This project was a collaboration between DanceXchange, Telford and Wrekin Libraries, and High Ercall and Crudgington Primary Schools. I worked with dancers Emma Burns and Laura Dredger using Shropshire myths and legends to inspire dance with KS2 children.
Working with dance was a new and inspiring process for me. Our sessions were full of experimentation, using rhythms and patterns of words to evoke different atmospheres and tempos that were then interpreted through movement.
The project culminated in a performance at Charlton Secondary School where students from both schools shared their work with each other and a very big and supportive audience!
This was a reminiscence residency lasting nine months, which celebrated the lives and memories of people living around the Pontcysyllte Aqueduct. We included local primary schools at all stages of the process, using our work to inspire the children and empower them to influence the rest of the project. Throughout the project we built up a memory box, which slowly filled with more and more objects, each associated with at least one story. We used the following activities with the children, with great success:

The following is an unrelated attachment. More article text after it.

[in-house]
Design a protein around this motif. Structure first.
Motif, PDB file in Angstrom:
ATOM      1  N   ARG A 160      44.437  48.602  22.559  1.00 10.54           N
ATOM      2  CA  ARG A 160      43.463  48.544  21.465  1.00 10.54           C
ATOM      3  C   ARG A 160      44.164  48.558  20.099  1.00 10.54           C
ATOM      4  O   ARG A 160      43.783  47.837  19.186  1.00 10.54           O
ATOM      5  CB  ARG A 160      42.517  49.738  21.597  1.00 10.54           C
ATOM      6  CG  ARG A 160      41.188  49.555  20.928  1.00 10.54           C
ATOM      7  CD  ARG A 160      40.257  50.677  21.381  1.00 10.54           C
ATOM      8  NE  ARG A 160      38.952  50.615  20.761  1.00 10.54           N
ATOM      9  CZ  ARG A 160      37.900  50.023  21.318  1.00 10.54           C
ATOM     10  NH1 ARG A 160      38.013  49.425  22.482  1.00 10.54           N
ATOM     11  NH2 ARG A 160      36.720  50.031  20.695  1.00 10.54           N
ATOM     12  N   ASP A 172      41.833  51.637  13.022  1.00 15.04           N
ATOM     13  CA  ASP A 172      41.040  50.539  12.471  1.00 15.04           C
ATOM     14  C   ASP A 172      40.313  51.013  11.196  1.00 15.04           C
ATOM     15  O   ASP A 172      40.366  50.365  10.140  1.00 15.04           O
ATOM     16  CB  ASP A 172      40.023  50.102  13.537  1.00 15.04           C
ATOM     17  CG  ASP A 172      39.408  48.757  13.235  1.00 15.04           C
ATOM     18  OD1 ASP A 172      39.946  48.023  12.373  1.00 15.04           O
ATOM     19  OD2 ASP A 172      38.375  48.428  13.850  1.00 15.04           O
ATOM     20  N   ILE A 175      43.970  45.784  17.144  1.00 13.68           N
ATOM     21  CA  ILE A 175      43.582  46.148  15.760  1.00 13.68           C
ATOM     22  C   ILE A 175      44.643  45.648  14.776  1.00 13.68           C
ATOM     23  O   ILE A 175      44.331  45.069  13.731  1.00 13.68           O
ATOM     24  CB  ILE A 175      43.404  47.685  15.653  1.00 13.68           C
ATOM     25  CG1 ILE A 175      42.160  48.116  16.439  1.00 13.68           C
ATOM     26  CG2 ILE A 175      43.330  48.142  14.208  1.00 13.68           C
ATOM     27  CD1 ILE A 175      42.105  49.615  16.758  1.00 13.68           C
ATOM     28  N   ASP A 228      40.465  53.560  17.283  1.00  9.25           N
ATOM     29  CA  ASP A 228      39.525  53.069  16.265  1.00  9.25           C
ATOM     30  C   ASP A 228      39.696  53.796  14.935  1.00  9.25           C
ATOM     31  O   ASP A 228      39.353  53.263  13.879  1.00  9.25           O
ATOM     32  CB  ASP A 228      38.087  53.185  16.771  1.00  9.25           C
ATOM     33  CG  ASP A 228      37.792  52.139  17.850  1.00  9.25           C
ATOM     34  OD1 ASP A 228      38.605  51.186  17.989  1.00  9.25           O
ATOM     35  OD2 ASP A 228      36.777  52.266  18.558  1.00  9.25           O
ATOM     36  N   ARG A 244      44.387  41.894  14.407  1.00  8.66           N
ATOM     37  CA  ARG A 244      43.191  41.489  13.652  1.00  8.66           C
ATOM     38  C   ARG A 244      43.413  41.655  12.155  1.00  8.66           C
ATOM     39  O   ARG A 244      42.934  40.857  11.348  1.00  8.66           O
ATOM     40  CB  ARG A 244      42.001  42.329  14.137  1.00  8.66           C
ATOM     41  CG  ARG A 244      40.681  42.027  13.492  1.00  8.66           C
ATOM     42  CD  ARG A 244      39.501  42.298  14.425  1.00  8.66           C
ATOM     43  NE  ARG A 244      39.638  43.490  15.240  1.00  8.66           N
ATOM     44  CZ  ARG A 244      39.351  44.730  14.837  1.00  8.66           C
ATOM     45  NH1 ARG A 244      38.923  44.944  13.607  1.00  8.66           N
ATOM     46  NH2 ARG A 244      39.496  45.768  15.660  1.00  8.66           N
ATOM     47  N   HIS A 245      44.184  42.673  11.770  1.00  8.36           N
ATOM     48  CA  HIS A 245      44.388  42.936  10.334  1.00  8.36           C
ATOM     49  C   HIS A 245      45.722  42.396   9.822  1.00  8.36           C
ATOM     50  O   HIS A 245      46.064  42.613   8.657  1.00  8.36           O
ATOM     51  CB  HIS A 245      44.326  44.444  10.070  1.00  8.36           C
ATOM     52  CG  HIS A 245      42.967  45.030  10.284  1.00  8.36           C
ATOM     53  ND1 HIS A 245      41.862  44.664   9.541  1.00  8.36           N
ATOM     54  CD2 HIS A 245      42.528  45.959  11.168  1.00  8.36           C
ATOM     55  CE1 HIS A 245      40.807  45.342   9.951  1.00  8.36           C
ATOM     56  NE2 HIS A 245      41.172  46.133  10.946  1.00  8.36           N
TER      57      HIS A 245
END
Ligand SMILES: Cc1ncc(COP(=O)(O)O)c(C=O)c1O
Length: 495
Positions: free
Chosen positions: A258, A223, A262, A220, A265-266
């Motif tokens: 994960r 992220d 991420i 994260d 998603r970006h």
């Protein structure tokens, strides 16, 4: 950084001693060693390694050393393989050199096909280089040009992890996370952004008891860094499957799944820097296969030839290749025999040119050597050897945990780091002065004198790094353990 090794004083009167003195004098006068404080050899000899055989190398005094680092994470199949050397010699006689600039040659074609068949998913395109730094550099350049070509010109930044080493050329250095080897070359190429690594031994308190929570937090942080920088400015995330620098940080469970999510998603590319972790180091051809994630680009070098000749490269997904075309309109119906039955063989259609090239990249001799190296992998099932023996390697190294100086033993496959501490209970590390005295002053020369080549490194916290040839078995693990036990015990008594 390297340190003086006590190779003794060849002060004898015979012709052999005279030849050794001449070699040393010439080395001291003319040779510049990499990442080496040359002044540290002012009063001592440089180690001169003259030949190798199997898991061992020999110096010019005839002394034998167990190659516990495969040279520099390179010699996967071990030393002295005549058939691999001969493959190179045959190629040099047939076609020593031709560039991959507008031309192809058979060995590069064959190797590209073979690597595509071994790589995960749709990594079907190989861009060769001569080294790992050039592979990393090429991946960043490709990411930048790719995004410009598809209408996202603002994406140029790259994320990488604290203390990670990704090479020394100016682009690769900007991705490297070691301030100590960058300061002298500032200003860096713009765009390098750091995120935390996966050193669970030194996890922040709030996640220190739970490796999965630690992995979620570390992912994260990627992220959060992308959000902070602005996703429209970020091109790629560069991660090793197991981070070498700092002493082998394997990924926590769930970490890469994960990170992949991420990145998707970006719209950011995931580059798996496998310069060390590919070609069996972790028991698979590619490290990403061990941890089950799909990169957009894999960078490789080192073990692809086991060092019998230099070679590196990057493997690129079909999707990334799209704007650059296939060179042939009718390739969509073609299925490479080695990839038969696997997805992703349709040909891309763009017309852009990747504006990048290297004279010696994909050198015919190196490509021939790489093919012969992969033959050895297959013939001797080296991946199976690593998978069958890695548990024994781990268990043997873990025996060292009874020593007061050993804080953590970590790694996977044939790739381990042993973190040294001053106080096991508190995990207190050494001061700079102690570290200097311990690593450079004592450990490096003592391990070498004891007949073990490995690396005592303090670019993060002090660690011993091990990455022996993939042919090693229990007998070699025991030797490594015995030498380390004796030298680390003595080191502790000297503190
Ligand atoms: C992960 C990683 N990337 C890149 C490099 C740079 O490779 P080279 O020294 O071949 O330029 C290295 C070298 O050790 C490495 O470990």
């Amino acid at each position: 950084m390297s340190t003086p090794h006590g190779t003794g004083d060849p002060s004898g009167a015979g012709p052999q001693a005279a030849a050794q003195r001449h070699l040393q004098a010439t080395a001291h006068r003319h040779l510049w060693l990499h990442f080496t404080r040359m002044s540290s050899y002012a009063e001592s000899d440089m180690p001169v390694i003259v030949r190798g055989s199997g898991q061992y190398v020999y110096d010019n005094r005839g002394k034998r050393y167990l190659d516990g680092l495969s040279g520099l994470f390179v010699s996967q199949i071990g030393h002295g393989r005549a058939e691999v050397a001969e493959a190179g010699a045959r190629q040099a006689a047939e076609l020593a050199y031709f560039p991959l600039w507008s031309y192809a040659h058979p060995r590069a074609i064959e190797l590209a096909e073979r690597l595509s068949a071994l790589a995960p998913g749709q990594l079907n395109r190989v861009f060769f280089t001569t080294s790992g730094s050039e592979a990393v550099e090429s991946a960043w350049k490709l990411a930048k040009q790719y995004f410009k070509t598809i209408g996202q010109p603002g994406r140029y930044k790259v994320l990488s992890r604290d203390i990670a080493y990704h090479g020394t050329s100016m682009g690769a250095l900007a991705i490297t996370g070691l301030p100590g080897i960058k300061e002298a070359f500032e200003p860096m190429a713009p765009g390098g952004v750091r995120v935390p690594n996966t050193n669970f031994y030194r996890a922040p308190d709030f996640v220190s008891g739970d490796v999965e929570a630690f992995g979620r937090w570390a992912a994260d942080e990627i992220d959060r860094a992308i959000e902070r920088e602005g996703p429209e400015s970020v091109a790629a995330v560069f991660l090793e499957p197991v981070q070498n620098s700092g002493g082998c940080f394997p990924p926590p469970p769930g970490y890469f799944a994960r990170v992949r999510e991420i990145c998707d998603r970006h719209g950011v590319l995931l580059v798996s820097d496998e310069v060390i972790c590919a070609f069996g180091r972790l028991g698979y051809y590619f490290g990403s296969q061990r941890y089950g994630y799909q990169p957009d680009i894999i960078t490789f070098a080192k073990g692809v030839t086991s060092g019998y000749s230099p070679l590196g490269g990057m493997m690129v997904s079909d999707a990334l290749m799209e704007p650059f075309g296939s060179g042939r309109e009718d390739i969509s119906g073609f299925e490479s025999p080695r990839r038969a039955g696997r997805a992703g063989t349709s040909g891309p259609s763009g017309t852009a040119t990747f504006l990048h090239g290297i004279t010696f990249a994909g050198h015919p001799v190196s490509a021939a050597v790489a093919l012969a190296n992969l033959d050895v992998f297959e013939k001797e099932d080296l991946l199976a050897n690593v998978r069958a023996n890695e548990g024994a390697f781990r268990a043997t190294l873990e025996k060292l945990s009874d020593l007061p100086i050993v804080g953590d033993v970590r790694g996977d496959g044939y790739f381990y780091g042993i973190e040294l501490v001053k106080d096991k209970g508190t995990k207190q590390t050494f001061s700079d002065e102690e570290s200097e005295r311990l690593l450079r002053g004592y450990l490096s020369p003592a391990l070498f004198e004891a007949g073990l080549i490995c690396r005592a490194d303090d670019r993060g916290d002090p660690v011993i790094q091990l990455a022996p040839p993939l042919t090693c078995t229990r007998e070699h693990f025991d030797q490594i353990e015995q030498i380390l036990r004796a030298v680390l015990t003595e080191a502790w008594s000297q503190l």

Story detectives: children listened to stories from the memory box and played conversational games. We introduced them to methods of interview technique. Children interviewed each other and members of their families. They brought stories back into class and added new objects to the memory box.
Storyseeds: children chose stories from a selection told from the memory box and we used these as seeds to create a ‘play in a day’: performances of storytelling, dance, drama and music for children, parents, governors and community members at the end of the day.
Storywalks: we took various community groups including the Country Park Junior Rangers Club on walks around the area, telling stories gathered from the community in sites associated with the stories.
‘Pontcysyllte Memories’: the project concluded in a book of reminiscences published by Tempus Publishing. We held a grand book launch next to the aqueduct with the mayor of Wrexham presenting each contributor with a copy of the book. The youngest contributor to the book was nine years old. As part of the celebration, children told stories with the aid of the memory box to audiences including the mayor.